|The living room|
|To the dining room|
|The new stairway carpet and front hallway|
So now onto my other items.
Great Historical Events
"1710 - First colonial post-office in New York.
Massacre in North Carolina
1712. Indian massacre in North Carolina. One hundred and thirty-seven of the colonists killed at first attack. Assisted by South Carolina, the colonists make a general attack upon the Indians and defeat them with great slaughter, and drive them from the province. (Ed. Note. I'm not sure what to say except maybe that this was a great clash of cultures. Hard times for both.)
1713. Close of Queen Anne's war.
Slaves are transported to South Carolina, by British ships, in great numbers, to cultivate rice.
1718. Impost duties laid by Massachusetts on English manufactures and English ships.
1720. Tea first introduced to New England.
1721. Inoculation for small-pox introduced into N.E.
1722. Paper money first used in Pennsylvania.
1725. First newspaper in New York (N.Y. Gazette) published by Wm. Bradford. (Ed. Note. The first 'fake news' in North America? ;0))
1732. Tobacco and corn made legal tender in Maryland."
Next entry will start with the birth of a famous American. Who? You'll have to wait.
Business Laws Briefly Stated
My last entry finished with mention of notes by minors... Moving on..
"A note obtained by fraud, or from a person in a state of intoxication, cannot be collected.
If the time of payment of a note is not named, it is payable on demand.
Value received should be written in a note, but, if not, it may be supplied by proof.
The payee should be named in a note unless payable to bearer.
The time of payment of a note must not depend on a contingency. The promise must be absolute."
I'll stop there. These business laws are too exciting to post too many at one time.
The Birth Day Thing - 10 November 1972
US Billboard #1 Single, 10 November 1972
I Can See Clearly Now by Johnny Nash. Johnny Nash was an American singer - songwriter, born in 1940. He was one of the first non-Jamaican singers to record reggae music in Kingston, Jamaica. I Can See Clearly Now, which he wrote, was his most successful hit.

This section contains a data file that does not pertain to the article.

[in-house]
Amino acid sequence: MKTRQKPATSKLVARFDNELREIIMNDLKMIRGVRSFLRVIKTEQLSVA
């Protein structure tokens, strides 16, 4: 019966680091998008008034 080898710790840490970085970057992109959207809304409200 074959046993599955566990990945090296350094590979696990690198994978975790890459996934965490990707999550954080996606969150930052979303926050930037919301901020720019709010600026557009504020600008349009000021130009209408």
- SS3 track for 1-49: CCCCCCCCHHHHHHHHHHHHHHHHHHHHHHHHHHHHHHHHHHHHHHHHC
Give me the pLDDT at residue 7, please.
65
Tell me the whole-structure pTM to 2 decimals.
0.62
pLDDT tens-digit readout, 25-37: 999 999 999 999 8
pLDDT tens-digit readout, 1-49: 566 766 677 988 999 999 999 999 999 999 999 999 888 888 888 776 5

UK #1 Single, 10 November 1972
Mouldy Old Dough by Lieutenant Pigeon. Lieutenant Pigeon was a novelty band from Coventry, England. Mouldy Old Dough was their only #1.
New York Times Fiction #1, 10 November 1972
Jonathan Livingston Seagull by Richard Bach. Jonathan Livingston Seagull was originally published in 1970. It's simply the story of a seagull named Jonathan and his life with the other seagulls, as he learns about life and flying.
By 1972, more than a million copies were in print, it had been condensed by Reader's Digest and it stayed at the top of the NY Times list for 38 weeks.
The book was also turned into a movie with a soundtrack by Neil Diamond. I'm sure I read the book, which I much preferred to the movie.
Pulitzer Prize Winner, 1972
Angle of Repose by Wallace Stegner. I've never heard of this book. It tells the story of a wheelchair - bound historian, who has lost connection with his son and living family and decides to write about his frontier - era grandparents.
The story is based on letters by Mary Hallock Foote, later published as A Victorian Gentlewoman in the Far West.
Stegner lived from 1909 - 1993 and was a novelist, short story writer, historian and environmentalist.
Nobel Prize Laureate, 1972
Hugo Award Winner, 1972
To Your Scattered Bodies Go by Philip José Farmer. I've never read any of Farmer's stories. At least I don't think I have. I have however recently purchased one of his stories so I'm looking forward to giving him a try.
To Your Scattered Bodies Go is the first book in his Riverworld series, of which there were 5 novels.
Just checking his bibliography, he wrote a few books. Wow! I have Dare, a book he wrote in 1965 on my bookshelf to read.
Edgar Award Winner, 1972
The Day of the Jackal by Frederick Forsyth. I don't know that I've ever read the book, but I've seen both movies that were based on it and enjoyed them both very much.
The story is about a professional assassin hired by a French dissident paramilitary organisation to assassinate President Charles de Gaulle.
The movies were very tense and exciting. Even if I have read it before, I think I should read again sometime.
Man Booker Award Winner, 1972
G. by John Berger. John Berger was an English artist, novelist and poet who lived from 1926 - 2017.
G. was his 4th book and was set in pre-First World War Europe. It tells the story of G., a Don Juan - like lover of women who gradually comes to political awareness after a series of adventures in Europe.
So there you go the great year 1972. I'm not sure when I'll get my next entry done as we will have company for the next ten days or so. But I'll try to squeeze in one or two. Have a great week!!